"Her donations kept us in the ballgame," Derr said. "We would not be alive today without Rose's gift."
Providing hope through golf
Members of Good Hands Supported Living come out monthly to the Four Seasons Golf Center eager to try hitting a golf ball.
It didn't matter if members of the adult habilitation center could walk or were confined to a wheelchair, as LaVelle adapts each participant's golf swing at the driving range. Regardless of whether the golf ball came to rest 15 feet or 150 yards from the tee, when contact occurred, a smile appears.
"They come once a month and they love it," LaVelle said. "There isn't much technique, but they're having fun and having social interaction. When you see that smile after they make contact or hit it in the hole when they're putting, that's the best thing."
Derr was able to hire LaVelle, who has been with Fore Hope since September 2009, as well as her predecessors thanks to Scheeff's donations.
LaVelle knew early on she wanted to be a therapist and help people who had life challenges. Being a certified therapeutic recreation specialist, she is able to enhance a person's quality of life through recreation. Generally speaking, recreation makes people happy. LaVelle's skills are to learn how to adapt leisure activities to get people back to doing what they love, which in turn, makes them happy.
Golf, on the other hand, can be frustrating. Yet, it works in this setting, according to LaVelle.
"At first, I was a bit nervous thinking how could I help these people," LaVelle said. "It was hard for me to see them so discouraged in the beginning, but as a therapist, I believe in them and I let them know they can do it. I've seen people grow. Their game has changed and their attitude has changed. It's been great."
Fore Hope hosts a golf league once a week during the summer at Safari Golf Club. The league is mostly for individuals like Hitchman, an amputee, or others who suffer from any number of issues, such as multiple sclerosis, stroke or Parkinson's disease, to name a few. Fore Hope has even reached out to military personnel.
LaVelle, Kalb and numerous volunteers will help those participating in the league in any number of capacities, from teeing a ball, to lining up the visually impaired, to driving a golf cart.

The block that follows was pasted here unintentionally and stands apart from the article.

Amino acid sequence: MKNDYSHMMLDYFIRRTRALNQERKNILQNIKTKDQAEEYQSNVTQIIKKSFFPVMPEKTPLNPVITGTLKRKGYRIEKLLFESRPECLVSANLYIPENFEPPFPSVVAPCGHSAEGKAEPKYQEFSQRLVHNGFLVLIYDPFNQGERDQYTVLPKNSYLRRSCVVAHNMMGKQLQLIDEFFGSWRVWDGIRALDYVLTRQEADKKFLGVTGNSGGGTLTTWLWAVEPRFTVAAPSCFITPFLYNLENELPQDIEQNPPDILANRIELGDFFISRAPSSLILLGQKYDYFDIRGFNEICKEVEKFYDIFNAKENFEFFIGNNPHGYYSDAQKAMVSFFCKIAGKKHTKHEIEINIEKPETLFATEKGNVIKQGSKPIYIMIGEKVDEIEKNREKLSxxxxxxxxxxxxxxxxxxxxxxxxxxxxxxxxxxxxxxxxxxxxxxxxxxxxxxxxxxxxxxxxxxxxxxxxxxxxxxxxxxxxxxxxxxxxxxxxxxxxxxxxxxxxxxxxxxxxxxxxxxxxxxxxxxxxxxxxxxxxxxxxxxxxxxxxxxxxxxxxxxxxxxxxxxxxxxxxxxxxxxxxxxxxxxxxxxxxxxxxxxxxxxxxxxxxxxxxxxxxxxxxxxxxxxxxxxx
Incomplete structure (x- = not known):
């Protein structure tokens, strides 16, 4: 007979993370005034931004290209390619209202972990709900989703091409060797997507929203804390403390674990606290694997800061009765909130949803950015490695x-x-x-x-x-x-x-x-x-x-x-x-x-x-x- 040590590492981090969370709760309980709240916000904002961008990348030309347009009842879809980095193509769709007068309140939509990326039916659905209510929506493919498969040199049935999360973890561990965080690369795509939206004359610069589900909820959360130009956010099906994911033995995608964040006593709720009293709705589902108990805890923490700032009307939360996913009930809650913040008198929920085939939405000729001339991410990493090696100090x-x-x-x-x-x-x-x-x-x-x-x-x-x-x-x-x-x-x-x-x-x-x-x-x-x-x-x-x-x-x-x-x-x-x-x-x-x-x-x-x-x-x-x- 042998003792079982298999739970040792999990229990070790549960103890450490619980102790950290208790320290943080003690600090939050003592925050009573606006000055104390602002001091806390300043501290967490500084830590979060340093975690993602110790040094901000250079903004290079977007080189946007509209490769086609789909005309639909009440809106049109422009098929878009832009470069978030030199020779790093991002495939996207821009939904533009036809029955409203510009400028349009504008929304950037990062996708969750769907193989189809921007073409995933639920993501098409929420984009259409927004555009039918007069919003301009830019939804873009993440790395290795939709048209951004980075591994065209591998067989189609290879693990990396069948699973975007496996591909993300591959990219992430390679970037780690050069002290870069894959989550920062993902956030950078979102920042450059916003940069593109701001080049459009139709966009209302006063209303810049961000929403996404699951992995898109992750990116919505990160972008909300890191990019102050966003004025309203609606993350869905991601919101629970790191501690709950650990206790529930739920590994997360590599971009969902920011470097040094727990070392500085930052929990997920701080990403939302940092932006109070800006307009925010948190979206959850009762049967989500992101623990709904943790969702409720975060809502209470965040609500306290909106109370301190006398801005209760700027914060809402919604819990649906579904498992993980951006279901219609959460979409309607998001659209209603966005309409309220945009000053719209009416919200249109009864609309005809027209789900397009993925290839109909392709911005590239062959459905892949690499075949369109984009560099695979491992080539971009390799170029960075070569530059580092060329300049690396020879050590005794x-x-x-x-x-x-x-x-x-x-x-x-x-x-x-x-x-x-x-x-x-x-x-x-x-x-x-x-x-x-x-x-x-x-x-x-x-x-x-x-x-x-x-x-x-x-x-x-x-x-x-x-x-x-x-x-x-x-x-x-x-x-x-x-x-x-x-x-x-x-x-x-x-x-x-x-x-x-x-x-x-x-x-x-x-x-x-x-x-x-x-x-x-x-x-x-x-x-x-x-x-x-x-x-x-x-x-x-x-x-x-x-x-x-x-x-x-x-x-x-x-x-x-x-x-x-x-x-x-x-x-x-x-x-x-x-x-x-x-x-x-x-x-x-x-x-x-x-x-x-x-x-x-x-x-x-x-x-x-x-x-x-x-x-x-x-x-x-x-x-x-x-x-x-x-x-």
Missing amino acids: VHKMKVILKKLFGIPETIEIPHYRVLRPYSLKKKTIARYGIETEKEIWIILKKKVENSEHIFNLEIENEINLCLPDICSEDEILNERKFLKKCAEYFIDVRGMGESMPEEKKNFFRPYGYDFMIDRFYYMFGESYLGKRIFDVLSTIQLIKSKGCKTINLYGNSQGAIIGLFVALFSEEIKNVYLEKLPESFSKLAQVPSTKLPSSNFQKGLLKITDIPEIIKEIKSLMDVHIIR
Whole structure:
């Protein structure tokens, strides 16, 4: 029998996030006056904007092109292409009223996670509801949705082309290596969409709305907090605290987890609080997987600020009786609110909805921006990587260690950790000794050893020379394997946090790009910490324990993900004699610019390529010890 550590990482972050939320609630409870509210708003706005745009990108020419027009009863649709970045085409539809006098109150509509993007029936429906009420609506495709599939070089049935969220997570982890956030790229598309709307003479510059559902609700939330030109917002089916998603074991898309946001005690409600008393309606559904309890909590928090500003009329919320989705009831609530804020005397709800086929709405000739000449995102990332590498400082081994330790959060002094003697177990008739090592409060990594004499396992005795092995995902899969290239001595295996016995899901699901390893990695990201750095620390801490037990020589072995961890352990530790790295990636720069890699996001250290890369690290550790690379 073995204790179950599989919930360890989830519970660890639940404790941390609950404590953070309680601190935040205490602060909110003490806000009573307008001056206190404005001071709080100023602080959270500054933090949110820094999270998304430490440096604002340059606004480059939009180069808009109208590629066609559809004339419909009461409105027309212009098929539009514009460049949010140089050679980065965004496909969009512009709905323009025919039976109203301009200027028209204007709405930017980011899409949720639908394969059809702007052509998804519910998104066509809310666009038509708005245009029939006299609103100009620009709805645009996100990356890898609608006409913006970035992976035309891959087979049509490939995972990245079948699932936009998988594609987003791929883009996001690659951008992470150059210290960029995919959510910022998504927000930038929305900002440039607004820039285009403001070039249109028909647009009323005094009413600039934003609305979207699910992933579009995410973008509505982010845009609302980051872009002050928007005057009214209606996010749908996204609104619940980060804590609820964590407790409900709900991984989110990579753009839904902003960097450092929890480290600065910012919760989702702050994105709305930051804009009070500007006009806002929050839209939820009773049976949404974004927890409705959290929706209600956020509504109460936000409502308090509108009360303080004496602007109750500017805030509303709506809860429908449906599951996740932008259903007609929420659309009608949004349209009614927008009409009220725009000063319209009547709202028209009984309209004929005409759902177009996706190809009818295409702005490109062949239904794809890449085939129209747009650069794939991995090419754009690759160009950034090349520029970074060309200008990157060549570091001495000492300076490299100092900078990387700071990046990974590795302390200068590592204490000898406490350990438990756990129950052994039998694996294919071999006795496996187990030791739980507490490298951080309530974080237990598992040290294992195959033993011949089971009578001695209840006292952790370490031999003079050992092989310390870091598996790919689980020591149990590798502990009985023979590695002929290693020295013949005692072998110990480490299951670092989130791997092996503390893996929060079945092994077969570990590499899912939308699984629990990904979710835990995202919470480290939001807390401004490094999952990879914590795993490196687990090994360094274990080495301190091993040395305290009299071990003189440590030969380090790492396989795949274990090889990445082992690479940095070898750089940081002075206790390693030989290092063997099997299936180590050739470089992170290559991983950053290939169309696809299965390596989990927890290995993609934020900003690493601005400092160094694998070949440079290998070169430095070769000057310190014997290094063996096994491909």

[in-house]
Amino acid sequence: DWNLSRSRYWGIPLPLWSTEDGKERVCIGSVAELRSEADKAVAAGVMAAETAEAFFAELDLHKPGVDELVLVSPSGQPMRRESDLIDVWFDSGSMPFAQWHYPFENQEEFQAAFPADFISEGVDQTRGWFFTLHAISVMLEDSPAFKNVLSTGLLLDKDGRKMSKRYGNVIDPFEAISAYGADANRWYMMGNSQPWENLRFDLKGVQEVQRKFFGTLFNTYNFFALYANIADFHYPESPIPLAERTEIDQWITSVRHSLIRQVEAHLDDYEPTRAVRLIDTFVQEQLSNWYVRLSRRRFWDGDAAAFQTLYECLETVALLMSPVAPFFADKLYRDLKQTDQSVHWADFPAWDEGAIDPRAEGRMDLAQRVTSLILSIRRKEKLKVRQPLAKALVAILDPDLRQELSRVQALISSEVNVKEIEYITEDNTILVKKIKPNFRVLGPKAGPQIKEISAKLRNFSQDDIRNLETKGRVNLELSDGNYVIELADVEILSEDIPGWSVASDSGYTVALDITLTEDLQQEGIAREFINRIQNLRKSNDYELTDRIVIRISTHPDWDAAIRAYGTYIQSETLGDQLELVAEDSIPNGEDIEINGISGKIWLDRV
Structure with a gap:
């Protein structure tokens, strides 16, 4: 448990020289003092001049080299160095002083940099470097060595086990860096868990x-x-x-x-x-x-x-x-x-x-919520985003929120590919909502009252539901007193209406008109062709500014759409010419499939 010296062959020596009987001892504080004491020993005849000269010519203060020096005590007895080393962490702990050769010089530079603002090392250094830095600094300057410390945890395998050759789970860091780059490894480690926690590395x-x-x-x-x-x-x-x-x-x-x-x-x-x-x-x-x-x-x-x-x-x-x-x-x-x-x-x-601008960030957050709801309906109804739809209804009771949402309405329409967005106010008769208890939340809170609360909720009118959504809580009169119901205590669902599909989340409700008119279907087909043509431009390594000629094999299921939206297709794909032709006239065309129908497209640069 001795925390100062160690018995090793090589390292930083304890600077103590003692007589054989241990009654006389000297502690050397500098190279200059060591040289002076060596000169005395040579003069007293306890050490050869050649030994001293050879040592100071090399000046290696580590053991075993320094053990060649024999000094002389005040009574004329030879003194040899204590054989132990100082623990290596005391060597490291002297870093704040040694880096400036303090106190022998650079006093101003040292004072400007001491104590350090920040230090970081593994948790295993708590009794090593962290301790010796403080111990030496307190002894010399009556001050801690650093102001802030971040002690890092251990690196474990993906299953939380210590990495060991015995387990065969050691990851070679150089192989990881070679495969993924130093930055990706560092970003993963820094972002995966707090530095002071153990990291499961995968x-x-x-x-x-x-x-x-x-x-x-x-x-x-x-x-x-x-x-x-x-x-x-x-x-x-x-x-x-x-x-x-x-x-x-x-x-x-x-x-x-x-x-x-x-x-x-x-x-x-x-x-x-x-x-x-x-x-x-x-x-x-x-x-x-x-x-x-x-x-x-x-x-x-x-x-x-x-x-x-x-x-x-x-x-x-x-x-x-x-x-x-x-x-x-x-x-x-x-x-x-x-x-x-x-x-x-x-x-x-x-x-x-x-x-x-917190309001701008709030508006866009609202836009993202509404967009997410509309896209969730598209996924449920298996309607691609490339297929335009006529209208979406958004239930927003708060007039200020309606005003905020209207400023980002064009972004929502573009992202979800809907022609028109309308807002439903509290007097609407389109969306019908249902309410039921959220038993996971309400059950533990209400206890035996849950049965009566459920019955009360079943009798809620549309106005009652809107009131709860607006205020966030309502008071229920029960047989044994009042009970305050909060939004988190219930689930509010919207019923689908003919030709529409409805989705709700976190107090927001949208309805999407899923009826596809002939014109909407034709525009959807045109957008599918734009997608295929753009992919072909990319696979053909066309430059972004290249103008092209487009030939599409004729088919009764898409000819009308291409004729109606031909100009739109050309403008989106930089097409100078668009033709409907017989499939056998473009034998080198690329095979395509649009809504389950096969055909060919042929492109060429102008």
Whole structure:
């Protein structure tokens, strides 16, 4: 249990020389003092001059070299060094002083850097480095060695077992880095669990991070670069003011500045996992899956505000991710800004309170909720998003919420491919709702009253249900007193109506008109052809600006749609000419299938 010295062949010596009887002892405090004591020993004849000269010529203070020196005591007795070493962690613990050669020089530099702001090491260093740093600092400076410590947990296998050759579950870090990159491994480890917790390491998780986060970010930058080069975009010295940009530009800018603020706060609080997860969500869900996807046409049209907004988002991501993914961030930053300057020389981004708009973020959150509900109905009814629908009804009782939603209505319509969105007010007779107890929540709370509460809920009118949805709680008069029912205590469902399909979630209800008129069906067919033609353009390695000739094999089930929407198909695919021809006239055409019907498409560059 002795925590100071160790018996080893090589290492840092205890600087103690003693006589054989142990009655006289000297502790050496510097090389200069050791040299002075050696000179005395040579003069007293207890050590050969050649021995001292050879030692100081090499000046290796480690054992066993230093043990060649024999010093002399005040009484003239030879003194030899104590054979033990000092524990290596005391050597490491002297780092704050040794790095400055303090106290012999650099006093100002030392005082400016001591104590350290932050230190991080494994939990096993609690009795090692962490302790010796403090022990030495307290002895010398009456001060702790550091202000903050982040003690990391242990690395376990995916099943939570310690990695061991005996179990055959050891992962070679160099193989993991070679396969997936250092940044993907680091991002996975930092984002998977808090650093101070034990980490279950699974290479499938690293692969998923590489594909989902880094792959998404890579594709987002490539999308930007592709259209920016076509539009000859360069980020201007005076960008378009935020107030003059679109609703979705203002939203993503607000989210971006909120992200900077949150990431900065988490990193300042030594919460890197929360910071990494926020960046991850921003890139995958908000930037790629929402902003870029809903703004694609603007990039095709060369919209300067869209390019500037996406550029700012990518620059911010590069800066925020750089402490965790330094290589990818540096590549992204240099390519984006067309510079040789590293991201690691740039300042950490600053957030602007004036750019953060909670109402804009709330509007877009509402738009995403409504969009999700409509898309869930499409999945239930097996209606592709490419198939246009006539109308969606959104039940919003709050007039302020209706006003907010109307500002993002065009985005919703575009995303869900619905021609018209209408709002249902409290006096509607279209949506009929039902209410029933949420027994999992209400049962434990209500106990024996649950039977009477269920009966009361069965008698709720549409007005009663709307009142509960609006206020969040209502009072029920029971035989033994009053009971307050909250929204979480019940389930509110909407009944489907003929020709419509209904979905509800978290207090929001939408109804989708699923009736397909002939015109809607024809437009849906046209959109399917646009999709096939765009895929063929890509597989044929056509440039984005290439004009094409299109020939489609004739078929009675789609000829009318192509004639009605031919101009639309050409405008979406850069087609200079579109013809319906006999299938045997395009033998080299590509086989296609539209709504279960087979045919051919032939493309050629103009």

According to the U.S. Census Bureau, nearly 54 million Americans live with a disability, mental or physical health issue or have developmental challenges.
Enter Fore Hope, which doesn't discriminate by age or circumstance. According to its website, among the benefits of therapeutic golf are:
•Long-term memory skills
•Range of motion
•Short-term memory skills
"I was really surprised when I started doing more with Fore Hope," said Kalb, who has been the organization's pro and volunteer since 2006. "It is amazing all the things the game of golf can help these people with."
Looking at the future for Fore Hope
Fore Hope's quarter-century run is being celebrated all year.
In January, Fore Hope had a golf outing at Gold Canyon Golf Resort in Arizona, and the Fore Hope/Guy Derr Participant Appreciation Tournament will be held Friday, Aug. 15 at Safari. The eight-hole tournament pairs a Fore Hope member with a community partner. In addition, trick-shot artist and paraplegic Dennis Walters will be on hand.
Those events, along with the legacy gift provided by Scheeff, the Memorial Tournament's support, the Guy Derr Leadership Society donors and other donations have kept Fore Hope sustainable.
"We pull and tug and we make an impact," Derr said. "We average 300 participants a year, but Rose's legacy gift won't last forever. Things are changing with nonprofits. More and more, there are alignments of like minds. So, should we merge? Should we collaborate? Should we be acquired?"
According to financial summaries at ForeHope.org, the nonprofit received $108,818 in contributions and grants in 2011, but that number fell to $93,731 in 2012. Although it has been better, Derr said, donations for all nonprofits, Fore Hope included, suffered around the Sept. 11 terrorist attacks and again when the global financial crisis began in late 2007. In 2009, Fore Hope lost three major grantors, Derr said.
"As it's our 25th anniversary, the last couple of years we've been taking a look at what does our future hold," Derr said. "Quite frankly, we don't know."
Derr favors the model in place at Akron General Hospital with the Edwin Shaw Rehabilitation Institute's challenge golf program.
"From the very beginning, that was the template I saw and felt it was just right for us before coming to Columbus," Derr said. "Here we are all these years later still talking with them and it would be great to emulate their model."
Derr's job responsibilities keep her tethered to an office chair, though she does go out searching for additional donations. Seeing her deal with the daily grind of running a non-profit organization is disappointing at times for Fore Hope's other full-time employee, LaVelle.
"It's easy to get caught up and get frustrated in the day-to-day activities," LaVelle said. "I wish she could be out here more and experience the joy on peoples' faces hitting the ball. That's why we're here, so they can come out have fun and walk away with a better overall quality of life."
"It's been absolutely amazing and empowering to work for such a strong woman that has kept this business afloat for 25 years. Even after all the struggles we go through, we've been here 25 years because of Mindy."